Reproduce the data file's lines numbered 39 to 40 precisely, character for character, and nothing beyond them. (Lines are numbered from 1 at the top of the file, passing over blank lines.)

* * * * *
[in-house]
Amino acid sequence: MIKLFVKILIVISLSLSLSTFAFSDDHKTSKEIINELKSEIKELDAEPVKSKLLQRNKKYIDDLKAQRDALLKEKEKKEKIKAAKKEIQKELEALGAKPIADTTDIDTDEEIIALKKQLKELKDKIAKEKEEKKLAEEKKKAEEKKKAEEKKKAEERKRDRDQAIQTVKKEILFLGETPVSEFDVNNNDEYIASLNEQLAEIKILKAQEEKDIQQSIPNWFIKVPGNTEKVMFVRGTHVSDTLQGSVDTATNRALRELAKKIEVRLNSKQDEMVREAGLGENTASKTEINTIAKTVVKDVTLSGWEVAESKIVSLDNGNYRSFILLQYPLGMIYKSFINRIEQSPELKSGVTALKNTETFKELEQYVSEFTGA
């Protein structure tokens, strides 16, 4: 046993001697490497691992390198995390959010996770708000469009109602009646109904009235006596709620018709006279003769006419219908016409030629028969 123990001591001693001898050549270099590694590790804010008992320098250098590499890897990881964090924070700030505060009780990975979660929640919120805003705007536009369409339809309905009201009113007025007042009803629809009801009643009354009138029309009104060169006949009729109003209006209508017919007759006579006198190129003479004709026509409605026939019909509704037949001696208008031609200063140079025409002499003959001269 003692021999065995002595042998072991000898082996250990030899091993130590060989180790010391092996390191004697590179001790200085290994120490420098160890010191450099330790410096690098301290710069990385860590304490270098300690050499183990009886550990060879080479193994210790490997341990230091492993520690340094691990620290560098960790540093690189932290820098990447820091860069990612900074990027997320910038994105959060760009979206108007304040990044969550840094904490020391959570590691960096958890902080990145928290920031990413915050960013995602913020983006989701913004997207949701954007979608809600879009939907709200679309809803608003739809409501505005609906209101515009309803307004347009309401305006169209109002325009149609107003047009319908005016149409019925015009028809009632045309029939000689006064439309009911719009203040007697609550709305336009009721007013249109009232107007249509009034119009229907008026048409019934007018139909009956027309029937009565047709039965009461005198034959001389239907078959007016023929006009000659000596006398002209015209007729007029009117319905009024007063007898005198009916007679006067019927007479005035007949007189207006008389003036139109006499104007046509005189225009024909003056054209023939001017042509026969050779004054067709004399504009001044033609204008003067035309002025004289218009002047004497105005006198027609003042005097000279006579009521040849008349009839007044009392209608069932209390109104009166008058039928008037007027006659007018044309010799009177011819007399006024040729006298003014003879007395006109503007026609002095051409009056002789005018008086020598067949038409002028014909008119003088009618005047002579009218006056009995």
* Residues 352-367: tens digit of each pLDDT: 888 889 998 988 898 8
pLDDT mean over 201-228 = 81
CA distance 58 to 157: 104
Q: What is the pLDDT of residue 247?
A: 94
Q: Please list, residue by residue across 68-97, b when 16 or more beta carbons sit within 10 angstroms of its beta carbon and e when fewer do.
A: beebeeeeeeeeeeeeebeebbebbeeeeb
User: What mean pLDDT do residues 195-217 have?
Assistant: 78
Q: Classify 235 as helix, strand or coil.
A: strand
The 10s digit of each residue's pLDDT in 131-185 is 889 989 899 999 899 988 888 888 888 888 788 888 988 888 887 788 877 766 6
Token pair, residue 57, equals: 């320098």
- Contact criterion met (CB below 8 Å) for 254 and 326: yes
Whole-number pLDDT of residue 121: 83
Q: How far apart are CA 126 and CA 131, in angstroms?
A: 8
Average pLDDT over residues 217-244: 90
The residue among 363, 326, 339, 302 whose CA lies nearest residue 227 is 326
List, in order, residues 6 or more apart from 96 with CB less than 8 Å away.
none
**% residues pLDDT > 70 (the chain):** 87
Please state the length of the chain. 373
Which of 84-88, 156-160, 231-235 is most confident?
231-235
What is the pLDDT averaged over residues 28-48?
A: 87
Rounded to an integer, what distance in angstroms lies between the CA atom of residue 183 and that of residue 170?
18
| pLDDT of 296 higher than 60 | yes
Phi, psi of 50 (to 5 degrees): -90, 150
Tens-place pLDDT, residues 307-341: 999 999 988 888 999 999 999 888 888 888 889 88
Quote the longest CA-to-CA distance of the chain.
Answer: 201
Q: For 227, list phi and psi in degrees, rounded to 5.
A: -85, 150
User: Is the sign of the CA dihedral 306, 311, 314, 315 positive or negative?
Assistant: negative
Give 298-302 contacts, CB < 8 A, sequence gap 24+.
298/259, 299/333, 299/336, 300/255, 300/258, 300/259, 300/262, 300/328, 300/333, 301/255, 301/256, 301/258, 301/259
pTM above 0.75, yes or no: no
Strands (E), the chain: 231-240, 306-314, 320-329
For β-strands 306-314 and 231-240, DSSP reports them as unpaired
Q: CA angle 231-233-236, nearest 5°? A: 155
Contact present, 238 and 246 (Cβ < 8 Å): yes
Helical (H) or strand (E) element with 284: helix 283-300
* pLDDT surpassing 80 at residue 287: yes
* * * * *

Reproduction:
A: -85, 150
User: Is the sign of the CA dihedral 306, 311, 314, 315 positive or negative?